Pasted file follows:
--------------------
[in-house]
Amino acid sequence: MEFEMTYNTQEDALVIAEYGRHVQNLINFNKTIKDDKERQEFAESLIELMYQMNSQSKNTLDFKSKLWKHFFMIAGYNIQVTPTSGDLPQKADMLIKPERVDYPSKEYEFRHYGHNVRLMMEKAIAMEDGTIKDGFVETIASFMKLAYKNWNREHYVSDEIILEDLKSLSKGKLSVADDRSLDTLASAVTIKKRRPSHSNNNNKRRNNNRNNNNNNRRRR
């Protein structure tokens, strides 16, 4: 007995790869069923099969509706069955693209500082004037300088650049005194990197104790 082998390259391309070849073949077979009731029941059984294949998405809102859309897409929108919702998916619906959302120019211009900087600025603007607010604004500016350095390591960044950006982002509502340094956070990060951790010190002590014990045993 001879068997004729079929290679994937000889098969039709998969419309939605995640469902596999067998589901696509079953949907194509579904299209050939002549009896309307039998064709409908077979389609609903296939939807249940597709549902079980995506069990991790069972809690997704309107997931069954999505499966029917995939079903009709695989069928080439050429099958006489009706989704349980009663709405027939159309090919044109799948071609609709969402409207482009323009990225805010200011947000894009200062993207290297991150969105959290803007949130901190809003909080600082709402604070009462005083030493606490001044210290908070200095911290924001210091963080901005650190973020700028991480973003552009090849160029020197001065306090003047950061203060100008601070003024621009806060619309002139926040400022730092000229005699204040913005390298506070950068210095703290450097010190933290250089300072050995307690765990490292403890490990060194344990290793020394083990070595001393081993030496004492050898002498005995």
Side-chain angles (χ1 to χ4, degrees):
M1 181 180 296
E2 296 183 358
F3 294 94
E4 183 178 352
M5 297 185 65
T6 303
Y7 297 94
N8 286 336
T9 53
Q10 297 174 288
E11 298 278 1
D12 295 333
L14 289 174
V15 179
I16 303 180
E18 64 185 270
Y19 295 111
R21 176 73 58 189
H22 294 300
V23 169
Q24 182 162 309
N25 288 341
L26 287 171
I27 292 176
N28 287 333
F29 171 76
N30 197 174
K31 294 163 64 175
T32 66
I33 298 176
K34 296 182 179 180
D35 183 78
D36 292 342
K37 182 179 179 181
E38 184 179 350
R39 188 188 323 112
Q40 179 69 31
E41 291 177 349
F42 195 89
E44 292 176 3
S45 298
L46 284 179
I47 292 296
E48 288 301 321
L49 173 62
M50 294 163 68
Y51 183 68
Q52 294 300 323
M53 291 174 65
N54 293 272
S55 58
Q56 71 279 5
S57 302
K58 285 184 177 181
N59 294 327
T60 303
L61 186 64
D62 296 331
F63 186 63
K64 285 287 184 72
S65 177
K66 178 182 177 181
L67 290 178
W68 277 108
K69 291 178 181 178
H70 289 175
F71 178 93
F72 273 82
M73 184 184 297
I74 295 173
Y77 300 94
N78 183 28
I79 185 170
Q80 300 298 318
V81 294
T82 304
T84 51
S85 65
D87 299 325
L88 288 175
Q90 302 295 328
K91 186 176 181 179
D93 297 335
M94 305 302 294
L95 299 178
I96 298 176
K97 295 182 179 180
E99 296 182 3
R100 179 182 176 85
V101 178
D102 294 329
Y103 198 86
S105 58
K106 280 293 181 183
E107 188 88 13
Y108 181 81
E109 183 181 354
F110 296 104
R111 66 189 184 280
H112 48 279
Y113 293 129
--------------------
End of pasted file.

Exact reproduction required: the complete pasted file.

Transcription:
[in-house]
Amino acid sequence: MEFEMTYNTQEDALVIAEYGRHVQNLINFNKTIKDDKERQEFAESLIELMYQMNSQSKNTLDFKSKLWKHFFMIAGYNIQVTPTSGDLPQKADMLIKPERVDYPSKEYEFRHYGHNVRLMMEKAIAMEDGTIKDGFVETIASFMKLAYKNWNREHYVSDEIILEDLKSLSKGKLSVADDRSLDTLASAVTIKKRRPSHSNNNNKRRNNNRNNNNNNRRRR
């Protein structure tokens, strides 16, 4: 007995790869069923099969509706069955693209500082004037300088650049005194990197104790 082998390259391309070849073949077979009731029941059984294949998405809102859309897409929108919702998916619906959302120019211009900087600025603007607010604004500016350095390591960044950006982002509502340094956070990060951790010190002590014990045993 001879068997004729079929290679994937000889098969039709998969419309939605995640469902596999067998589901696509079953949907194509579904299209050939002549009896309307039998064709409908077979389609609903296939939807249940597709549902079980995506069990991790069972809690997704309107997931069954999505499966029917995939079903009709695989069928080439050429099958006489009706989704349980009663709405027939159309090919044109799948071609609709969402409207482009323009990225805010200011947000894009200062993207290297991150969105959290803007949130901190809003909080600082709402604070009462005083030493606490001044210290908070200095911290924001210091963080901005650190973020700028991480973003552009090849160029020197001065306090003047950061203060100008601070003024621009806060619309002139926040400022730092000229005699204040913005390298506070950068210095703290450097010190933290250089300072050995307690765990490292403890490990060194344990290793020394083990070595001393081993030496004492050898002498005995």
Side-chain angles (χ1 to χ4, degrees):
M1 181 180 296
E2 296 183 358
F3 294 94
E4 183 178 352
M5 297 185 65
T6 303
Y7 297 94
N8 286 336
T9 53
Q10 297 174 288
E11 298 278 1
D12 295 333
L14 289 174
V15 179
I16 303 180
E18 64 185 270
Y19 295 111
R21 176 73 58 189
H22 294 300
V23 169
Q24 182 162 309
N25 288 341
L26 287 171
I27 292 176
N28 287 333
F29 171 76
N30 197 174
K31 294 163 64 175
T32 66
I33 298 176
K34 296 182 179 180
D35 183 78
D36 292 342
K37 182 179 179 181
E38 184 179 350
R39 188 188 323 112
Q40 179 69 31
E41 291 177 349
F42 195 89
E44 292 176 3
S45 298
L46 284 179
I47 292 296
E48 288 301 321
L49 173 62
M50 294 163 68
Y51 183 68
Q52 294 300 323
M53 291 174 65
N54 293 272
S55 58
Q56 71 279 5
S57 302
K58 285 184 177 181
N59 294 327
T60 303
L61 186 64
D62 296 331
F63 186 63
K64 285 287 184 72
S65 177
K66 178 182 177 181
L67 290 178
W68 277 108
K69 291 178 181 178
H70 289 175
F71 178 93
F72 273 82
M73 184 184 297
I74 295 173
Y77 300 94
N78 183 28
I79 185 170
Q80 300 298 318
V81 294
T82 304
T84 51
S85 65
D87 299 325
L88 288 175
Q90 302 295 328
K91 186 176 181 179
D93 297 335
M94 305 302 294
L95 299 178
I96 298 176
K97 295 182 179 180
E99 296 182 3
R100 179 182 176 85
V101 178
D102 294 329
Y103 198 86
S105 58
K106 280 293 181 183
E107 188 88 13
Y108 181 81
E109 183 181 354
F110 296 104
R111 66 189 184 280
H112 48 279
Y113 293 129